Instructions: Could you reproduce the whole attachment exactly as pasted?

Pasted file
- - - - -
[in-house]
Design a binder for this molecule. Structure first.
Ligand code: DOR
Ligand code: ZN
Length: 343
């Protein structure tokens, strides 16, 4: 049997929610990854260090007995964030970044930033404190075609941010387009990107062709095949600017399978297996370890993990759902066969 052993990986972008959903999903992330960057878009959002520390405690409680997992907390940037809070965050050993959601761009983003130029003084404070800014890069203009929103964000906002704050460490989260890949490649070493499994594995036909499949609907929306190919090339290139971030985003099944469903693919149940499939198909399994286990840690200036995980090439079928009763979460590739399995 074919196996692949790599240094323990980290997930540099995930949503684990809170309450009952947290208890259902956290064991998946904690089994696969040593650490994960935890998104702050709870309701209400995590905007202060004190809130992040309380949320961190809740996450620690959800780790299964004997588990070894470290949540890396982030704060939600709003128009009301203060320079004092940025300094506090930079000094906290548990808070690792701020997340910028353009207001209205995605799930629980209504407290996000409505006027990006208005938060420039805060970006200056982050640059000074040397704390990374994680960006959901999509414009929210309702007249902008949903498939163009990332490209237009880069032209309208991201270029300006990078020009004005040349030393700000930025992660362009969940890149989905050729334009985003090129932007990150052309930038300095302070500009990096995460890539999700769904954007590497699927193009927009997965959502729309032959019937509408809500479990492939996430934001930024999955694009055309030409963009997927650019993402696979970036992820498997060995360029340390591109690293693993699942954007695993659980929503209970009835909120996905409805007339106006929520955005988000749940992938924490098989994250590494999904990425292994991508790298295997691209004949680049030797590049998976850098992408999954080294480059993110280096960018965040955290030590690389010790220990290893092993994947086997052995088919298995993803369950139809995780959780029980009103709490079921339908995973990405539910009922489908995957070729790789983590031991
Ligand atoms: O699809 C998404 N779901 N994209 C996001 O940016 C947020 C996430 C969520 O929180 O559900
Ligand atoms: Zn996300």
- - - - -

[in-house]
Design a binder for this molecule. Structure first.
Ligand code: DOR
Ligand code: ZN
Length: 343
């Protein structure tokens, strides 16, 4: 049997929610990854260090007995964030970044930033404190075609941010387009990107062709095949600017399978297996370890993990759902066969 052993990986972008959903999903992330960057878009959002520390405690409680997992907390940037809070965050050993959601761009983003130029003084404070800014890069203009929103964000906002704050460490989260890949490649070493499994594995036909499949609907929306190919090339290139971030985003099944469903693919149940499939198909399994286990840690200036995980090439079928009763979460590739399995 074919196996692949790599240094323990980290997930540099995930949503684990809170309450009952947290208890259902956290064991998946904690089994696969040593650490994960935890998104702050709870309701209400995590905007202060004190809130992040309380949320961190809740996450620690959800780790299964004997588990070894470290949540890396982030704060939600709003128009009301203060320079004092940025300094506090930079000094906290548990808070690792701020997340910028353009207001209205995605799930629980209504407290996000409505006027990006208005938060420039805060970006200056982050640059000074040397704390990374994680960006959901999509414009929210309702007249902008949903498939163009990332490209237009880069032209309208991201270029300006990078020009004005040349030393700000930025992660362009969940890149989905050729334009985003090129932007990150052309930038300095302070500009990096995460890539999700769904954007590497699927193009927009997965959502729309032959019937509408809500479990492939996430934001930024999955694009055309030409963009997927650019993402696979970036992820498997060995360029340390591109690293693993699942954007695993659980929503209970009835909120996905409805007339106006929520955005988000749940992938924490098989994250590494999904990425292994991508790298295997691209004949680049030797590049998976850098992408999954080294480059993110280096960018965040955290030590690389010790220990290893092993994947086997052995088919298995993803369950139809995780959780029980009103709490079921339908995973990405539910009922489908995957070729790789983590031991
Ligand atoms: O699809 C998404 N779901 N994209 C996001 O940016 C947020 C996430 C969520 O929180 O559900
Ligand atoms: Zn996300």